Spiritual Life at Congregation Beth Israel
by Rabbi Linda Potemken
We attend to the life of the spirit when we pay attention to that which makes life meaningful; when we connect to the deepest parts of ourselves and others; when we awaken to a sense of awe, gratitude or hope; when we engage in Jewish practice and share community; or when we connect to God, whether we experience God as a process, a presence, a being or an inner spark. The paragraphs that follow describe several aspects of spiritual life at Beth Israel, including learning, service, Jewish practice and prayer.
Through the ages, our Jewish people have placed a high value on the study of our sacred texts. At Beth Israel members of all ages are invited into the world of study, through which we challenge our intellect and connect to past generations who have wrestled with the ideas and lessons in Jewish texts. As Reconstructionists, we expand the definition of Jewish texts to include all literature on Jewish themes by Jewish authors.
Giving of our time, talent and resources to help others is a spiritual practice and religious obligation. At Beth Israel, our social action committee members craft programs and create opportunities for members to participate in acts of tikkun olam, of repairing the world. Many of us also take the time to reach out to synagogue members in times of need. Others help run the synagogue through Board or committee work, assisting with the Hebrew school or working on special projects or programs. We all contribute by bringing refreshments to services once or twice a year. Synagogue life feeds our spirits by giving us the opportunity to look beyond the narrow needs of self and family and to reach out to serve a greater good.
At our Reconstructionist synagogue, we view the mitzvoth (commandments from the Torah) as Jewish practices, to be studied and understood, serving to guide or inform our behavior. As such, there are many varied Jewish practices that can serve to connect us to our heritage, to our people, to a place of deeper meaning or to God.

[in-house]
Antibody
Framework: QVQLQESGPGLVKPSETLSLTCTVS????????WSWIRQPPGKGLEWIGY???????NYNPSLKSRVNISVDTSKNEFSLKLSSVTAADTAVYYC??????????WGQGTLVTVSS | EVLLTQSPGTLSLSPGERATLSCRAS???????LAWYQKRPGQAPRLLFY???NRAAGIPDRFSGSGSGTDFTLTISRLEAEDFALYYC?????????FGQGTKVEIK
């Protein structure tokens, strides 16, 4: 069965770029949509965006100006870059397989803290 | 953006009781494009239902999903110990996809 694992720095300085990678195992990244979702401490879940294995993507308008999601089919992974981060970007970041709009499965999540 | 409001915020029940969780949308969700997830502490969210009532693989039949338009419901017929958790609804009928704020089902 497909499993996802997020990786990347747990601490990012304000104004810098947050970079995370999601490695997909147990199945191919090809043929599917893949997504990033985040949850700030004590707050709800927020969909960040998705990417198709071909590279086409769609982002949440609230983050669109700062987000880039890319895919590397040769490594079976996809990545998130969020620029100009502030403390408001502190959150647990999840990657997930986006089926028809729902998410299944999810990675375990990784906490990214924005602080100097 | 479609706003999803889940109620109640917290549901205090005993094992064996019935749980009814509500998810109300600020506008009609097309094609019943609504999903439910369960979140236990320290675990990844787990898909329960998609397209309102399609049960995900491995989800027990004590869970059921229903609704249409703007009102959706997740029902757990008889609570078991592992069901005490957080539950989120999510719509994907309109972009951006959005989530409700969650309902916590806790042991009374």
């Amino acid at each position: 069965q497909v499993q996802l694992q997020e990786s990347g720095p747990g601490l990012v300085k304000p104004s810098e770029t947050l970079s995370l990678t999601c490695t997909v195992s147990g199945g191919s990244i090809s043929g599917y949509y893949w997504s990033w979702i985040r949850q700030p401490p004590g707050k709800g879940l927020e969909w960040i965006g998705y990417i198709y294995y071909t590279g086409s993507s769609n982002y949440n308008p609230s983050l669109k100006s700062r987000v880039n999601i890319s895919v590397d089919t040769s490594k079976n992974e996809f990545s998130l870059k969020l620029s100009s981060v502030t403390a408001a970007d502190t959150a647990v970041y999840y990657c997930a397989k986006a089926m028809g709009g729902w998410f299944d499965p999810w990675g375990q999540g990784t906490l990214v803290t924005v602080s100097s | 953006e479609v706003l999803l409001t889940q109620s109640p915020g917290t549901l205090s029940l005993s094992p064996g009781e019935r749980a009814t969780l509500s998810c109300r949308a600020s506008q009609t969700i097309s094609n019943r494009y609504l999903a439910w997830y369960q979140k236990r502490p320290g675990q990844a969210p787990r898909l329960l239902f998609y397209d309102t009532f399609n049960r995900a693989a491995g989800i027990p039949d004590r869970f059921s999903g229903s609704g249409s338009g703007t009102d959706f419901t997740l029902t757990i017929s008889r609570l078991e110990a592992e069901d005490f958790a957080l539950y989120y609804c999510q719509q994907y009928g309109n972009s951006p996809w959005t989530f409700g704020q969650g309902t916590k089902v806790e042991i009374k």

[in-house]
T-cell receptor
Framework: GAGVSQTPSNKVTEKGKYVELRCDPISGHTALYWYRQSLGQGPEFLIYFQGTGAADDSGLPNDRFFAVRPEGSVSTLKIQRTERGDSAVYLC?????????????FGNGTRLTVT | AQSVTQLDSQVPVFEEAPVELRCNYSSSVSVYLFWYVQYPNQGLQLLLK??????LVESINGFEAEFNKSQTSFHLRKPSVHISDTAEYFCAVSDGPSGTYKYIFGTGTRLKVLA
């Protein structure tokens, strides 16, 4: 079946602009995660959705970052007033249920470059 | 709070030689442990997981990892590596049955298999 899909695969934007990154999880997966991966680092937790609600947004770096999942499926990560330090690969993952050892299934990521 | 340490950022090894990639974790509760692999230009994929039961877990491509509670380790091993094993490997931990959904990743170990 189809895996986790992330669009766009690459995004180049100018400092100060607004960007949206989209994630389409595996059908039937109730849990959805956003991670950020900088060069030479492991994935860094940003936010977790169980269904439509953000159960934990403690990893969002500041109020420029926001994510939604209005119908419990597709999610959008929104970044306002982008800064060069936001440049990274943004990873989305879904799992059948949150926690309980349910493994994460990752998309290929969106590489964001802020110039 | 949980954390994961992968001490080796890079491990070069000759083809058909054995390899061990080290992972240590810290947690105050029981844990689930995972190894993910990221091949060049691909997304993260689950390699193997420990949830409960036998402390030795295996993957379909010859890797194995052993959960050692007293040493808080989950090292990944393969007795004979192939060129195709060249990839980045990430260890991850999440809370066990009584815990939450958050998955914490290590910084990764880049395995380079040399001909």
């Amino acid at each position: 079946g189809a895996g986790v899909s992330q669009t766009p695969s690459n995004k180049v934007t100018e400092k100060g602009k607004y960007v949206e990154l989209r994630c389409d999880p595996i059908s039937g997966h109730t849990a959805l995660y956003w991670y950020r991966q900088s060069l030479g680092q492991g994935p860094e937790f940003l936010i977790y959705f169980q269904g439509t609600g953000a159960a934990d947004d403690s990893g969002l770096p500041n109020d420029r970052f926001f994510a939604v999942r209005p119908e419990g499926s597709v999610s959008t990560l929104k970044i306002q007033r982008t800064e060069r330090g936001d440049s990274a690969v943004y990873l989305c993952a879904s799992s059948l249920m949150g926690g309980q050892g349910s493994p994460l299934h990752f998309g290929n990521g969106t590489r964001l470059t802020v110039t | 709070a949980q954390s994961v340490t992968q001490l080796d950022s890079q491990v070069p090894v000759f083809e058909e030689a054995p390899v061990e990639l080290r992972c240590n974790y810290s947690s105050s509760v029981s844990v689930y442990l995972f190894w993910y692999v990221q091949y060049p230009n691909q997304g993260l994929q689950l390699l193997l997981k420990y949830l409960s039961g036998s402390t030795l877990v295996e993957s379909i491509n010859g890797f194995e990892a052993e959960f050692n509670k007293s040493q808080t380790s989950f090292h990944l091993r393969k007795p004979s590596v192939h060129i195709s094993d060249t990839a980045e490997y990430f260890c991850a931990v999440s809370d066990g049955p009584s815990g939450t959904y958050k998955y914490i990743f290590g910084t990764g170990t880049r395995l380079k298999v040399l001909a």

Engaging in communal prayer is one such practice. At Beth Israel, we join together on Shabbat, Friday nights and Saturday mornings, and on holidays to engage in the richly rewarding practice of prayer. Our services include lively and contemplative Hebrew singing, meaningful English prayers and poetry; educational and thoughtful talks (divrei Torah); moments of peace and quiet, and community participation. Much of the prayer book is transliterated, inviting non-Hebrew readers to sing along. In-house musicians share wonderful Jewish music at some of the services. Occasionally services include meditation. Our services are always followed by refreshments and socializing. They are often preceded by or followed by a communal meal, a class or a presentation. Our services offer the opportunity to be a part of a warm, caring, stimulating community.
How do we attend to the life of the spirit? We wrestle with the question of why we are here, in this world, at this time. We recognize that we have come into this world to learn, to love and to serve. We take part in something larger than ourselves. We take the Torah, the cornerstone of Judaism on a journey through the 21st century. Spiritual life at Beth Israel is rich and varied.